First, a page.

As obvious as it is when others are sick and I advise them to take a day of rest, this was the hardest thing to do for myself. It took me a couple of hugs, until I finally accepted the reality, wrote a little paper note on the “today board” asking to cover my tofu shift, and started the process of finding how to see a doctor without spending a fortune.
I went to the “shtetl” (everything has cool-hard-to-spell names here), a space with four couches in a communal building, and asked around if someone knew where to go. It was so heartwarming to hear half a dozen people brainstorm together, with everyone coming up with ideas: one person thinking of calling my doctor in Canada and asking to fax a prescription to the pharmacy, others trying to orient me to the United States medical system, and remembering places where people without insurance can go (the community provides full coverage health insurance).
Someone thought of a Dr. Shwartz but didn’t know if he was retired. Someone remembered that they had an appointment with him five months ago, and a third person managed to find his number on the health board. Dr. Shwartz had lived 10 years at Twin Oaks, and was known to be a high integrity doctor who doesn’t order useless tests.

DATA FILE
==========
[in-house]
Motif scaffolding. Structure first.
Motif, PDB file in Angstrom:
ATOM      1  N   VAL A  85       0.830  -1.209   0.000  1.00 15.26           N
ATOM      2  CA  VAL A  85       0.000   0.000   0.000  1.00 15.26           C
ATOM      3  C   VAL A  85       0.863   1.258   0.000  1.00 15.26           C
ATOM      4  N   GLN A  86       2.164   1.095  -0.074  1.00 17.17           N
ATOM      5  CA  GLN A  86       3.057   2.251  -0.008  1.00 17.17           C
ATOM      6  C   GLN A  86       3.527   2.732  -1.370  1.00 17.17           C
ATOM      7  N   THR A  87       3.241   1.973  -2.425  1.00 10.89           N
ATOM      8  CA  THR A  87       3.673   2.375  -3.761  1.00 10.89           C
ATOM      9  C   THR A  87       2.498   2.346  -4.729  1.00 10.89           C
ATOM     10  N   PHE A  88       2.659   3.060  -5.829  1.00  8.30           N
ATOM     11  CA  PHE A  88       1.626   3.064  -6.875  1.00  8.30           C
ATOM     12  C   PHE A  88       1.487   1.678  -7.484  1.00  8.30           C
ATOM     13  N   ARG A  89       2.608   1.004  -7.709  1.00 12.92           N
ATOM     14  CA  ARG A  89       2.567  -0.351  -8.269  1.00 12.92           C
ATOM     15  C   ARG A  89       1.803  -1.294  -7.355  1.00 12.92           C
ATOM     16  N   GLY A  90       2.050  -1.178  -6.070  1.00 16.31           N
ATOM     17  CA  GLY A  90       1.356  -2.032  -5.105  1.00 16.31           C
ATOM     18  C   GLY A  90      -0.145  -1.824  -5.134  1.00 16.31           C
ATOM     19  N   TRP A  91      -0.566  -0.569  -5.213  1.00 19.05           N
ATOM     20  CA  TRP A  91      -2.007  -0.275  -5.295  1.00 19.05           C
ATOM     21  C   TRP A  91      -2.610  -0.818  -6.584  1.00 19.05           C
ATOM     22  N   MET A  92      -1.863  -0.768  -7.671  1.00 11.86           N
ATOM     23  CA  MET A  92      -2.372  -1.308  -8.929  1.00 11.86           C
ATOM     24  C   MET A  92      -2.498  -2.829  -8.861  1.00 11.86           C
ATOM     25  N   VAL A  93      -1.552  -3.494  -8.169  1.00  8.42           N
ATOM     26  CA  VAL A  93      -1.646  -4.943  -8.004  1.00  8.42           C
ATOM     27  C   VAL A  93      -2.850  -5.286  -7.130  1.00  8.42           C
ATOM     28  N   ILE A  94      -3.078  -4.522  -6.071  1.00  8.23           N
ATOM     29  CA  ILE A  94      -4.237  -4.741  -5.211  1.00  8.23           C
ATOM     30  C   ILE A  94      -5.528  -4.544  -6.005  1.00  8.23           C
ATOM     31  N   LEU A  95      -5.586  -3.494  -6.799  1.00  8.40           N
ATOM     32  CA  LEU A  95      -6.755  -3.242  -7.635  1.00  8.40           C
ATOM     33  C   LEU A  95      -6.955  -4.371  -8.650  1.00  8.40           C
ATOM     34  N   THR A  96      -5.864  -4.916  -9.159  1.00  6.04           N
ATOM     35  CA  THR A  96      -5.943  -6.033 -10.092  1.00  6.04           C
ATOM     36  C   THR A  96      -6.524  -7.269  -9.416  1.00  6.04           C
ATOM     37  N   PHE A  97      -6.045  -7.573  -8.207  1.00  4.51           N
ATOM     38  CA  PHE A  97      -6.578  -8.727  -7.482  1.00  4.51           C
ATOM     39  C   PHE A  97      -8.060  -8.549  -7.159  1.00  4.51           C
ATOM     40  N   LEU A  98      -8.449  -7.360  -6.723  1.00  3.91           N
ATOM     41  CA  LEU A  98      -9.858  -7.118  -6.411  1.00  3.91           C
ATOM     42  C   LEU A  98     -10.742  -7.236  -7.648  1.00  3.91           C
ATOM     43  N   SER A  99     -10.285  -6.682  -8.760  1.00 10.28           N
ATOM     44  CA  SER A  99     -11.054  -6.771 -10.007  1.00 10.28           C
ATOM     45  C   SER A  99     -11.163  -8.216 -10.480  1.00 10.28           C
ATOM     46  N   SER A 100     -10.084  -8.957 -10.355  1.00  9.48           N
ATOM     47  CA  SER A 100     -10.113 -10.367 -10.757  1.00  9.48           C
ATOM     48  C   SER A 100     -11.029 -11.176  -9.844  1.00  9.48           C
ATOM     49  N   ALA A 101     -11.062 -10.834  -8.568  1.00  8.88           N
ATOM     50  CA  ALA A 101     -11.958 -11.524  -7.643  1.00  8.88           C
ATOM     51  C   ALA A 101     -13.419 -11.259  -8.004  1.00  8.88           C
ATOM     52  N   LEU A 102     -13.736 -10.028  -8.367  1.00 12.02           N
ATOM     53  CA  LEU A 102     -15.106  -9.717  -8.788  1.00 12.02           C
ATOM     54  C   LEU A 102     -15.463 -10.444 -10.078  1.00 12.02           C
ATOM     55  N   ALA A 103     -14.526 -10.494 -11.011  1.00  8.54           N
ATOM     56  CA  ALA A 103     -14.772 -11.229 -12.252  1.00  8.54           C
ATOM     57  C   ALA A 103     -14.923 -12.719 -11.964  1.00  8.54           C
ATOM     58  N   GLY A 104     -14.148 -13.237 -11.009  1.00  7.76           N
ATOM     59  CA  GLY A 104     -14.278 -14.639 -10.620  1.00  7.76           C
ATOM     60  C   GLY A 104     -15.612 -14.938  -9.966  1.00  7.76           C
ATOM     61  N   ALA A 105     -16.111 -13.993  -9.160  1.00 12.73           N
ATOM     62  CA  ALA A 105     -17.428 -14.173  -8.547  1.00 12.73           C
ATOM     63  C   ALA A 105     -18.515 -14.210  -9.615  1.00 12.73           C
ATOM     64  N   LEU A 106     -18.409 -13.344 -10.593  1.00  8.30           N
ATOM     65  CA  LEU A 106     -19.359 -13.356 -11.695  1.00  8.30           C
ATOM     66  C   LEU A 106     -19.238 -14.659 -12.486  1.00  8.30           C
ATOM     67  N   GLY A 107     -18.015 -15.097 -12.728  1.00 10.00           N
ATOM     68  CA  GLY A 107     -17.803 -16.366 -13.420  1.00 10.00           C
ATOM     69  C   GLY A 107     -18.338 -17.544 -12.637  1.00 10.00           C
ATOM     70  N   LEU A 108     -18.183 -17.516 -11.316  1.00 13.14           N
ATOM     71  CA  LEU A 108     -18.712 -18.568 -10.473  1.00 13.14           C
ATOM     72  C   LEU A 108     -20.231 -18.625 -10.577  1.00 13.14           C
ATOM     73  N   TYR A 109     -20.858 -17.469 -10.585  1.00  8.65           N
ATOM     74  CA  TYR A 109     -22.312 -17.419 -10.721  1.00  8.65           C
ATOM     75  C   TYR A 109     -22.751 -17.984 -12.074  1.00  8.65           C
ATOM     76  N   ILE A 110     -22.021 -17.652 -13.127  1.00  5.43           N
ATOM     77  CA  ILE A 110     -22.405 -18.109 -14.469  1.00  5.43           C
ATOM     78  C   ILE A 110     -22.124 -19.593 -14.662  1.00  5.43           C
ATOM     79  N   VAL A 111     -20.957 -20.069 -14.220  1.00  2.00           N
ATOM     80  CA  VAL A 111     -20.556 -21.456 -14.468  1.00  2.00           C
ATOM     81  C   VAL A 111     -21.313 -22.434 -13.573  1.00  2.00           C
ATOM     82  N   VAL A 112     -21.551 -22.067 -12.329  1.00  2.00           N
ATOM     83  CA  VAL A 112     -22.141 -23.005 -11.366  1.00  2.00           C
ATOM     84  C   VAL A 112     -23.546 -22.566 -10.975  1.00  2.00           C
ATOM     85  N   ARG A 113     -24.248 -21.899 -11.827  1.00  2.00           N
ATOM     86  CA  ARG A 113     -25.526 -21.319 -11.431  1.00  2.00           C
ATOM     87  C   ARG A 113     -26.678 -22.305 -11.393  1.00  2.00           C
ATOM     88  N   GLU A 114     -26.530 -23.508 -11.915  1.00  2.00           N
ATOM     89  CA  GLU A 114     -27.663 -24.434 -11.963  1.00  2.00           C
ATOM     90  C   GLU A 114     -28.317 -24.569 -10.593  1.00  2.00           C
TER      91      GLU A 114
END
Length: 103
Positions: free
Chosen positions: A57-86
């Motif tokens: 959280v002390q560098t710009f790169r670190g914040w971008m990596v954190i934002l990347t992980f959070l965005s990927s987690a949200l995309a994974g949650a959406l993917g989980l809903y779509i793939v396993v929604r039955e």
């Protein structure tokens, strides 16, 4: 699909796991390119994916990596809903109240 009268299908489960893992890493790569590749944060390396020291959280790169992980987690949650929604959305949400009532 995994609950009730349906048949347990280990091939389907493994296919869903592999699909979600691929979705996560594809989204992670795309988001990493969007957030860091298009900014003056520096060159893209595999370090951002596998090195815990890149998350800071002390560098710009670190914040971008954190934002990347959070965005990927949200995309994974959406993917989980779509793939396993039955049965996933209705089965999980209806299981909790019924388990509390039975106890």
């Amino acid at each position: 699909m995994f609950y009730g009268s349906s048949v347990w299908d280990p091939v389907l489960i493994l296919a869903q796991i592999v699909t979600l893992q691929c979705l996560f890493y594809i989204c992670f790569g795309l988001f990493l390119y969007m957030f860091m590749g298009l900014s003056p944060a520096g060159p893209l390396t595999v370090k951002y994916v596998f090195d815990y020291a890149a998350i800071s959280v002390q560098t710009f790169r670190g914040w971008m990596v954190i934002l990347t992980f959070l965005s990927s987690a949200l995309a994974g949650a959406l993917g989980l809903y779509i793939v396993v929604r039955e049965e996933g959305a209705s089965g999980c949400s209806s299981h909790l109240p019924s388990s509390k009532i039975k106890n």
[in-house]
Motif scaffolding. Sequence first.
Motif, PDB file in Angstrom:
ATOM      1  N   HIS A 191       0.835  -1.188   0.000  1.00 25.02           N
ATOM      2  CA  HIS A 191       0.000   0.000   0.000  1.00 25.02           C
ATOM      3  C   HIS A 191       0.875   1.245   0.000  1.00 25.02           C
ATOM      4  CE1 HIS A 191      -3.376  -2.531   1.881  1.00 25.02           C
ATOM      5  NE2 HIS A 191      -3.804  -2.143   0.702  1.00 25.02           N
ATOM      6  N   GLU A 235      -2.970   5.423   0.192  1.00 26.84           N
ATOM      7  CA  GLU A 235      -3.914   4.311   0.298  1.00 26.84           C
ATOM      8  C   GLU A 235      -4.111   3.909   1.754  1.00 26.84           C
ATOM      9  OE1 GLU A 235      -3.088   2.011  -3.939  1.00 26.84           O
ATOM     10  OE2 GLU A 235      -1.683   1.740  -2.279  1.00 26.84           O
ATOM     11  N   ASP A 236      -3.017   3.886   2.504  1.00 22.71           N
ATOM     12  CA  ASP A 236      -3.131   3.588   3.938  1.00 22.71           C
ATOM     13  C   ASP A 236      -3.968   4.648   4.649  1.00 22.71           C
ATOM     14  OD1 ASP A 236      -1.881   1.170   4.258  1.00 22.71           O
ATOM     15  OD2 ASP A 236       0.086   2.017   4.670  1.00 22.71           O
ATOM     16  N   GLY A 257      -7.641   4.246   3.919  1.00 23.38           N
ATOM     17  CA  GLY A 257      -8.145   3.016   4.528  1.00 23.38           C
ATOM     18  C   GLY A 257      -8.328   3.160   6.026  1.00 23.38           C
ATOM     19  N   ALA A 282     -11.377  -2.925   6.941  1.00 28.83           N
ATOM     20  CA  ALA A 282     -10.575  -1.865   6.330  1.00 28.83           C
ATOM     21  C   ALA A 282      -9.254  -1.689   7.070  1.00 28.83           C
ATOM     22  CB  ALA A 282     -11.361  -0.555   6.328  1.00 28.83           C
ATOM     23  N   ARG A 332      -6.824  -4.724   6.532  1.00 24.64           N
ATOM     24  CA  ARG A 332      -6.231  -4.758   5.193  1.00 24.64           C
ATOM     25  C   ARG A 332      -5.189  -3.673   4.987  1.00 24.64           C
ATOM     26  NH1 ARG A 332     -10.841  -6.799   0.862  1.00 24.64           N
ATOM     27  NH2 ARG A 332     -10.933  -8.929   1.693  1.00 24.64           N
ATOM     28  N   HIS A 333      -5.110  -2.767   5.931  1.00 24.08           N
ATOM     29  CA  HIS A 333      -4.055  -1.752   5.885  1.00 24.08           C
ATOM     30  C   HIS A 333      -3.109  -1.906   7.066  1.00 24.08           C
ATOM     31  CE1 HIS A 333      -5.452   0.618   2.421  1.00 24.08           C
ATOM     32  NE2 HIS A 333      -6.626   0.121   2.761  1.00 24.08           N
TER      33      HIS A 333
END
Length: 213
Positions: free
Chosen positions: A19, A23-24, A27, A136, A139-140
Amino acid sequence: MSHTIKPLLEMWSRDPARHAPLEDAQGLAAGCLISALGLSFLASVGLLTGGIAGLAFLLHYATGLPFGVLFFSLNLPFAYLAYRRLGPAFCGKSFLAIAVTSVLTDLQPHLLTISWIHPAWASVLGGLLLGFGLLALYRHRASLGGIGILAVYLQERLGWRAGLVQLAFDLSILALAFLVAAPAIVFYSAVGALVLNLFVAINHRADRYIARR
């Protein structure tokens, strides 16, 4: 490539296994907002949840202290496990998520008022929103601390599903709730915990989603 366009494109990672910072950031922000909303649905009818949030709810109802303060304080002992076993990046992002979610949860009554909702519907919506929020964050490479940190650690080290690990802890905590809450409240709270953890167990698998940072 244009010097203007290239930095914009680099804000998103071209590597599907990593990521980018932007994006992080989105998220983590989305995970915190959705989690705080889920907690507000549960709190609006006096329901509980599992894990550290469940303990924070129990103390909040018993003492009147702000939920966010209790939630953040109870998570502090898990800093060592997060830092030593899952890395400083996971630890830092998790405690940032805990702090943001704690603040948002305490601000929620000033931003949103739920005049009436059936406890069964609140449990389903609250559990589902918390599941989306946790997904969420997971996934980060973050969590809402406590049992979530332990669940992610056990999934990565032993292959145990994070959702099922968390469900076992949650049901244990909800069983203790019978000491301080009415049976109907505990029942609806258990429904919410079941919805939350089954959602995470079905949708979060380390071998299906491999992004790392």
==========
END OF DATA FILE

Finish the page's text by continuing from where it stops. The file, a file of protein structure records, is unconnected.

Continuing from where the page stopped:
I walked over to a place with a landline and made two phone calls: while my doctor in Canada said it was out of question to fax a prescription without a consultation, Dr. Shwartz agreed to see me the same day, if I was able to get there in 20 minutes. I was saved!
The internet was not working, and I didn’t know how to get there, but a nice Twin Oaker gave me the directions. I felt unsure driving to a place without having seen a map of the road on Internet first, but I did it anyway, and it worked. I found the place, without problems.
I got my appointment, the nurse was the nicest nurse I had ever seen, and the first thing the doctor told me, before talking about antibiotics, is that I should take licorice root to support my adrenal glands for my low blood pressure. He answered my concerns about my asthma medication with research-based explanations, and prescribed me another kind because, he told me, with the first kind, more people die.